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25% of people abandon their New Year’s resolutions after one week. And 60% of people leave them within six months. Why is this happening?
Part of the problem is setting unrealistic goals. But what if there was a way to set up goals that you could actually achieve them?
Check out this post or listen to the podcast to learn how to make goals you will actually achieve.
This episode is sponsored by Organized Choas
Set goals that motivate you
How many times have you set up a goal because you think that that’s what you should be doing? Or that’s what your parents told you you should do? Or maybe it was society or your spouse.
Whatever the case is, other people and other things are put on pressure on you to have specific goals and dreams, and they’re not goals and ideas that you want to pursue.
So you get so busy living someone else’s life, and then we end up not reaching those goals and frustrated.
Instead of pursuing someone else’s dreams, be like a kid, and dream your wildest dreams. We tell our kids that anything is possible because it is.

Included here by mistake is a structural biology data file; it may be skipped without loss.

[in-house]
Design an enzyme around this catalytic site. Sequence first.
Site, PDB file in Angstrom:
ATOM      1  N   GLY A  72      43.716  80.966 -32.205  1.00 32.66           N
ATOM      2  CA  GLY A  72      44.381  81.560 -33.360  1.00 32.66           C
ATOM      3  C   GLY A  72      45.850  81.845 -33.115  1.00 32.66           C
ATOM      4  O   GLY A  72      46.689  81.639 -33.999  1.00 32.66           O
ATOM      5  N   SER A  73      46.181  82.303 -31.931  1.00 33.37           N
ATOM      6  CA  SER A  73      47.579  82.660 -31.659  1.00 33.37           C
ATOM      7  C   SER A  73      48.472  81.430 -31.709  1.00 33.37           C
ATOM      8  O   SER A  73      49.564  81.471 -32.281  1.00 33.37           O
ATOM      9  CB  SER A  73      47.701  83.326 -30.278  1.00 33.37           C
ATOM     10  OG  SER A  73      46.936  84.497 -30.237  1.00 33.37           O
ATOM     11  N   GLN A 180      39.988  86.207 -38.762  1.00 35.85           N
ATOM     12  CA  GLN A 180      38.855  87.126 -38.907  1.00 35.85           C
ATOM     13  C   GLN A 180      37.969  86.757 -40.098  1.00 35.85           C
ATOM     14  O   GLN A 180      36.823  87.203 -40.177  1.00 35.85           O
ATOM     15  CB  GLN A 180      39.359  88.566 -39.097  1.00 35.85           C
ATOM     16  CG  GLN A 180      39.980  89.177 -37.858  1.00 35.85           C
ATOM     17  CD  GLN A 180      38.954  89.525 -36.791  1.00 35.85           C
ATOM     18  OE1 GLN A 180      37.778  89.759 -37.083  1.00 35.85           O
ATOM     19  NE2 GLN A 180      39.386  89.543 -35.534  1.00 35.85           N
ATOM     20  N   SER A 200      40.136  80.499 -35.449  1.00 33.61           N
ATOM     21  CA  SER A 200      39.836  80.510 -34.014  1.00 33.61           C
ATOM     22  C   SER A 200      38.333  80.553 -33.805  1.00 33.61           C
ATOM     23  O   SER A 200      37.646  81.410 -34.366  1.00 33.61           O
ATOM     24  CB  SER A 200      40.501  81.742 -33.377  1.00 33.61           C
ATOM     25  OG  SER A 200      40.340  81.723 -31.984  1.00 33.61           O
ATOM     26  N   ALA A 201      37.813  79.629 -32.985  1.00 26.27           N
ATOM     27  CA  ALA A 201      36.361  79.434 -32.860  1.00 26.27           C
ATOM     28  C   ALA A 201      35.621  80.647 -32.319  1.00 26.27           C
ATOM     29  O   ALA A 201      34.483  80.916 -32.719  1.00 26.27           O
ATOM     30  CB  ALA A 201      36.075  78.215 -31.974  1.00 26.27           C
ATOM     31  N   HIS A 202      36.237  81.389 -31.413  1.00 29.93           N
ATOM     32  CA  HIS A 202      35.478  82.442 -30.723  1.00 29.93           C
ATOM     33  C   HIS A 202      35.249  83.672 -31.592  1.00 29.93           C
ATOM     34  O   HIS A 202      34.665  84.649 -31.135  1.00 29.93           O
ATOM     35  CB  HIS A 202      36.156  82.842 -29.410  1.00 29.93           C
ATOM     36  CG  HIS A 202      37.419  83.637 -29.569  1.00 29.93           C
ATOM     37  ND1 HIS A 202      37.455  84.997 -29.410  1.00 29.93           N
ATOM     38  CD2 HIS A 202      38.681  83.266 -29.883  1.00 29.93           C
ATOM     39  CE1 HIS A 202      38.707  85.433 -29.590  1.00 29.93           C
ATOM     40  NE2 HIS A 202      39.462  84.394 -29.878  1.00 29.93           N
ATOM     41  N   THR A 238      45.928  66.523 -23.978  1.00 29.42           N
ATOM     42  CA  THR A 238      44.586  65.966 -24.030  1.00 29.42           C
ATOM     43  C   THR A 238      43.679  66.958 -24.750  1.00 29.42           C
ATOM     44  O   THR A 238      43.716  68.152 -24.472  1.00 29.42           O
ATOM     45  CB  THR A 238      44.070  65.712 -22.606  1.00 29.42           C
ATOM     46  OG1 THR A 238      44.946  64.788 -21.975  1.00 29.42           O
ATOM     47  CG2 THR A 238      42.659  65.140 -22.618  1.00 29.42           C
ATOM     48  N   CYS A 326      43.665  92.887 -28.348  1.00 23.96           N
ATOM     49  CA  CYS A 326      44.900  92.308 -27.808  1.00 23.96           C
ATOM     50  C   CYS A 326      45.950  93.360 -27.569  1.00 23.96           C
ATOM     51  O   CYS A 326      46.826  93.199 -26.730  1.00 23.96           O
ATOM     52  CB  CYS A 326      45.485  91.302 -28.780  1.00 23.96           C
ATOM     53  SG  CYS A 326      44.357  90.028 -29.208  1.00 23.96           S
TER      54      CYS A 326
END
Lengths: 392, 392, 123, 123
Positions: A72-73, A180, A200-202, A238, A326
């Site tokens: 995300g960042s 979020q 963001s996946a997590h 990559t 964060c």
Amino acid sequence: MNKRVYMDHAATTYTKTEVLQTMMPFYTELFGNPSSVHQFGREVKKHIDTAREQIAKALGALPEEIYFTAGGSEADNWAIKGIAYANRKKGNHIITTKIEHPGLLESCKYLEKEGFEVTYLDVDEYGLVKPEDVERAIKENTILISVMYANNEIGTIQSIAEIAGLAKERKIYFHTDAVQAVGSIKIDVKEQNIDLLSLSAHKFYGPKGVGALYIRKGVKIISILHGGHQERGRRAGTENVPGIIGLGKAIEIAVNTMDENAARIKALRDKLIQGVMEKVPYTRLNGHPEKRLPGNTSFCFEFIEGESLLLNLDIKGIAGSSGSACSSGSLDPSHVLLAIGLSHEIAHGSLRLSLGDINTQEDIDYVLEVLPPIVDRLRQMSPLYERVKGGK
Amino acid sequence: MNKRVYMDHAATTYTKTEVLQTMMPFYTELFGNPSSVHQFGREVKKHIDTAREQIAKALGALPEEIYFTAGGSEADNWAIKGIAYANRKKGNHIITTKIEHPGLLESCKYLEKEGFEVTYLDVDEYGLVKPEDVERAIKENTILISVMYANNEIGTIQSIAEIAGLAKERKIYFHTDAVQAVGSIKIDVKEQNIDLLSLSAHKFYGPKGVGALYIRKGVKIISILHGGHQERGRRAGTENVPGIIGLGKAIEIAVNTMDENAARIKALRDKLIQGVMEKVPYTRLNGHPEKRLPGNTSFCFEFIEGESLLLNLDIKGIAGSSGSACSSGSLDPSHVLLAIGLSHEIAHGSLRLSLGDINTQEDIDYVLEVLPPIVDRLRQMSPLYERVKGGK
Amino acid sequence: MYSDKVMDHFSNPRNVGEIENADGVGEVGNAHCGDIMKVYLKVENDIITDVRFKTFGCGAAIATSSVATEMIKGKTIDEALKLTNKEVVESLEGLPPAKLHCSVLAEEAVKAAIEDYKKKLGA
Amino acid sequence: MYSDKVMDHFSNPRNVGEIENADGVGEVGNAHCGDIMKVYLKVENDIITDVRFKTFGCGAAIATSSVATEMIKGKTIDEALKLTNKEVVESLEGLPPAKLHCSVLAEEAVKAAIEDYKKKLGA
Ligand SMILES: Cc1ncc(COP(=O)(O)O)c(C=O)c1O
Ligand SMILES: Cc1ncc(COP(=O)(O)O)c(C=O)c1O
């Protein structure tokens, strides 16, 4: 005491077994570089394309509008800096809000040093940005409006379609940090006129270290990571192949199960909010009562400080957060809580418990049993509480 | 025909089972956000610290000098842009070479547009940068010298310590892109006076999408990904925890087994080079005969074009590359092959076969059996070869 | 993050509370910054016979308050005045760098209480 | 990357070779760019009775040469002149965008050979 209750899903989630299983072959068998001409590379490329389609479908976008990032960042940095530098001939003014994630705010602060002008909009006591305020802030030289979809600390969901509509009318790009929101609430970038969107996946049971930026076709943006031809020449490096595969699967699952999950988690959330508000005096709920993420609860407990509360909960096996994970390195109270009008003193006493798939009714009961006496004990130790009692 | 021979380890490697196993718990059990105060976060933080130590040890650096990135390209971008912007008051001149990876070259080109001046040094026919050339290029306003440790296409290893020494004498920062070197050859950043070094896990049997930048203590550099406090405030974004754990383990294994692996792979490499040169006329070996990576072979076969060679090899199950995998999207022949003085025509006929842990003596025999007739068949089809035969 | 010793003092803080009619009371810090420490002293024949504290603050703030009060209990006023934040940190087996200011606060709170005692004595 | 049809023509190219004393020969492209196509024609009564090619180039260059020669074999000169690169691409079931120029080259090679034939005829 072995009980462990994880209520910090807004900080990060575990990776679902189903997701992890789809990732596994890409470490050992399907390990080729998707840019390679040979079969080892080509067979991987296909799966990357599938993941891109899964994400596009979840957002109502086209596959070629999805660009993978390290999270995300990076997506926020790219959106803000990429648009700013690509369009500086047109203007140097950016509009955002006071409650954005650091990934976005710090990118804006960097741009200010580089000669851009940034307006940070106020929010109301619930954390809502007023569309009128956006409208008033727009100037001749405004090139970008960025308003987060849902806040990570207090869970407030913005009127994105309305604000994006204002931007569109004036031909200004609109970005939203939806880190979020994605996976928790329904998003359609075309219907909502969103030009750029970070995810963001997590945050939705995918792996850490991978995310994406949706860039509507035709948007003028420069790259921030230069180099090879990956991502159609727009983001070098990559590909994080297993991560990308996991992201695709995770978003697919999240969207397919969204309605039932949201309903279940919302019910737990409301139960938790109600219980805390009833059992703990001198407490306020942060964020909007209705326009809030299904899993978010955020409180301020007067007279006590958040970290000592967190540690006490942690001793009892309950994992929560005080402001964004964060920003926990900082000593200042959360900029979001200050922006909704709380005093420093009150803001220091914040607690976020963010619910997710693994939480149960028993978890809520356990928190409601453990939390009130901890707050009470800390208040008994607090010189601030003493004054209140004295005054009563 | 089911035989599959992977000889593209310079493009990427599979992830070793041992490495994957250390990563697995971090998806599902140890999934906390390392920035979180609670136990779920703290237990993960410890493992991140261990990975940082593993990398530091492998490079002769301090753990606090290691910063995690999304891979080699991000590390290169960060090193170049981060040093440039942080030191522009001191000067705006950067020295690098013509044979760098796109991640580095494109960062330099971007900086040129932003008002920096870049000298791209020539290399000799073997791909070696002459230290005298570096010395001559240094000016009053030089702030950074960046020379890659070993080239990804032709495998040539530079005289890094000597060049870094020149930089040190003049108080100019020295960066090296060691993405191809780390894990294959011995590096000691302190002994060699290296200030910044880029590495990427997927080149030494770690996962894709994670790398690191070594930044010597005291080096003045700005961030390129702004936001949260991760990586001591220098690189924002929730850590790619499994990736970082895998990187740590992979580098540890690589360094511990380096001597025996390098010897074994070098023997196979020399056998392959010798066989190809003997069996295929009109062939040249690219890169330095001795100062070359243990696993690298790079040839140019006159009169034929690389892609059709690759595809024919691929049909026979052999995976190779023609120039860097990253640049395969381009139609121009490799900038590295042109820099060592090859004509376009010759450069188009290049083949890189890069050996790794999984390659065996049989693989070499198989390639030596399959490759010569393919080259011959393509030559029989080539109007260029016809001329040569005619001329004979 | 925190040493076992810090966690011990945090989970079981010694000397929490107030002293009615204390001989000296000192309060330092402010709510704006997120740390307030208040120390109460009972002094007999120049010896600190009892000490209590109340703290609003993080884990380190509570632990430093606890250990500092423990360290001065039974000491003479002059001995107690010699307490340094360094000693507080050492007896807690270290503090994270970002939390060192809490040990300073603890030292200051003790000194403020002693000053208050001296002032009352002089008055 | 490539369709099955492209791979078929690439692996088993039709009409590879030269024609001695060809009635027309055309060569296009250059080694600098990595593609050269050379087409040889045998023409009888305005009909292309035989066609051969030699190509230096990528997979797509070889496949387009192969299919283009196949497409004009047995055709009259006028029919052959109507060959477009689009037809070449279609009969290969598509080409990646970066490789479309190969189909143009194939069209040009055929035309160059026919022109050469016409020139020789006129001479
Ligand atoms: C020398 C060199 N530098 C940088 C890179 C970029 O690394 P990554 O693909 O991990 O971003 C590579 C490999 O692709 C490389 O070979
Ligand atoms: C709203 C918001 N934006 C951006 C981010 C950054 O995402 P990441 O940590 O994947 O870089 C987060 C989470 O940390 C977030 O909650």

Now it’s your turn. You need to tell that to yourself sometimes and let yourself dream and come up with big goals for yourself that may not make everybody happy.
The reason that many people give up on their goals by mid-January and definitely by February is that they hate the goal.
So let’s start by setting a goal that inspires you and gets you excited.
So think about what lights you up and gets you excited. What are your hobbies? Where are some of your passions? What are some of your interests?
These are the things that you want to start thinking about when you’re setting up your goals.
Andrew Carnegie said it correctly, “If you want to be happy, set a goal that commands your thoughts, liberates your energy, and inspires your hopes.”
Take some quiet time for yourself and write in a journal or a piece of paper goals that inspire you.
Write down everything that comes to mind. Even if it sounds ridiculous or something that you would never want to do, get it out of your head on onto paper.
Set SMART Goals
I’m sure you’ve probably heard of it, but just in case if you haven’t heard of smart goals, SMART stands for specific, measurable, achievable, relevant, and time-bound.
You can substitute some other words for some of the letters here, but those are typically the words that you’ll use for smart goals.